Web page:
AARP Eye Center
The Takeaway: U.S. Retirement Assets Declining Again; Payroll Tax Deadlock Ends; World's Oldest Yoga Teacher
By Elizabeth Nolan Brown, December 23, 2011 09:23 AM
But the fact that Americans have gotten better at retirement saving strategies mitigated the stock market's dismal performance somewhat. Retirement account balances held up better than the stock market because of asset diversification and ongoing contributions to retirement savings plans, ICI said.
That's about where the good news ends, however. ICI reports that U.S. retirement assets aren't just down sharply from their recent all-time high-they're also below their pre-recession peak in 2007. In total, U.S. retirement assets fell 7.5 percent, to $17 trillion, at the end of the third quarter, down from a record $18.4 trillion at the end of second quarter 2011. Assets in IRAs fell 8.5 percent since then.
Compromise In Congress: For now, American workers don't have to worry about seeing a $20 a week tax increase come January 1-nor do doctors have to worry about a 27.4 percent pay cut from Medicare. After initially rejecting the measure, House Republican leaders yesterday agreed to a two-month payroll tax cut extension-and, with it, an extension of federal unemployment benefits and a temporary 'doc fix.' The Associated Press reports:
After days of wrangling that even Speaker John Boehner acknowledged "may not have been politically the smartest thing in the world," the Ohio Republican abruptly changed course and dropped demands for immediate holiday season talks with the Senate on a full-year measure that all sides said they want. Senate leaders had insisted on the two-month extension to buy time for talks next year.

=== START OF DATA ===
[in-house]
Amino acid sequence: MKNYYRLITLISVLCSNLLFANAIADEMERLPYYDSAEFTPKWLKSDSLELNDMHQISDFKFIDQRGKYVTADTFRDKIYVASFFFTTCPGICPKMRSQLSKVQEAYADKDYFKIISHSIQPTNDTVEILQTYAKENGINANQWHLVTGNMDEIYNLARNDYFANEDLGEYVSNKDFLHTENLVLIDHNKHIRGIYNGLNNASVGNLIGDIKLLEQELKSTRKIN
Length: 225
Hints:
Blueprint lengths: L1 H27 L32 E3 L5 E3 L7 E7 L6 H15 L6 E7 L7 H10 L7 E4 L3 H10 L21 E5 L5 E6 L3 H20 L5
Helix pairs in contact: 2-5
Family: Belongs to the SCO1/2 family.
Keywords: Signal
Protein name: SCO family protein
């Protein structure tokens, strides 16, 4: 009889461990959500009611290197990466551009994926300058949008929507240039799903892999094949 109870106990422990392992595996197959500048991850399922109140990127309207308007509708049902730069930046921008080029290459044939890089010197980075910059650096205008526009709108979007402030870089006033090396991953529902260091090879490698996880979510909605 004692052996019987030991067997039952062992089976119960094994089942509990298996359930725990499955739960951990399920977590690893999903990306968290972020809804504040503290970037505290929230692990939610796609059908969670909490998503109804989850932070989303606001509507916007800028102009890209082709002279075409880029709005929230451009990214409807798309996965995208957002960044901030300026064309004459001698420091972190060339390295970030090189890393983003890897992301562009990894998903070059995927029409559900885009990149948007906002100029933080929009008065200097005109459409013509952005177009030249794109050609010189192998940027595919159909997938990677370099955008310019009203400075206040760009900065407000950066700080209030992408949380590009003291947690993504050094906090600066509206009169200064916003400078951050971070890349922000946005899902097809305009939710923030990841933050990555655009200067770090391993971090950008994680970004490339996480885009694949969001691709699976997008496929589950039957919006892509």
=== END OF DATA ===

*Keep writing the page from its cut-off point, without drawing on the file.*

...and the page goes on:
The compromise legislation would renew the payroll tax cut, unemployment benefits and Medicare pay rate through Feb. 29. Its $33 billion cost would be covered by an increased fee on mortgages backed by Fannie Mae, and Freddie Mac.
U.S. Yoga Teacher Named World's Oldest: Bernice Bates, 91, has been named the world's oldest yoga teacher by Guinness World Records. Here's more:
Friday Quick Hits:
- Suspicious elder deaths are rarely investigated, and instead written off as natural fatalities, according to public interest journalism group ProPublica.
- Acid reflux is on the rise: The number of people who frequently experience heartburn has almost doubled in the last decade.
- A new study says people who stick to the Mediterranean diet extend their lives by an average of two to three years.
- Older women who regain weight after losing it are likely to see those pounds return as fat, rather than muscle mass.
- Thinner brains could signal Alzheimer's disease, new research finds.
- And five months after opening, the fledgling Consumer Financial Protection Bureau still has no director.
Photo: Mareen Fischinger/Getty Images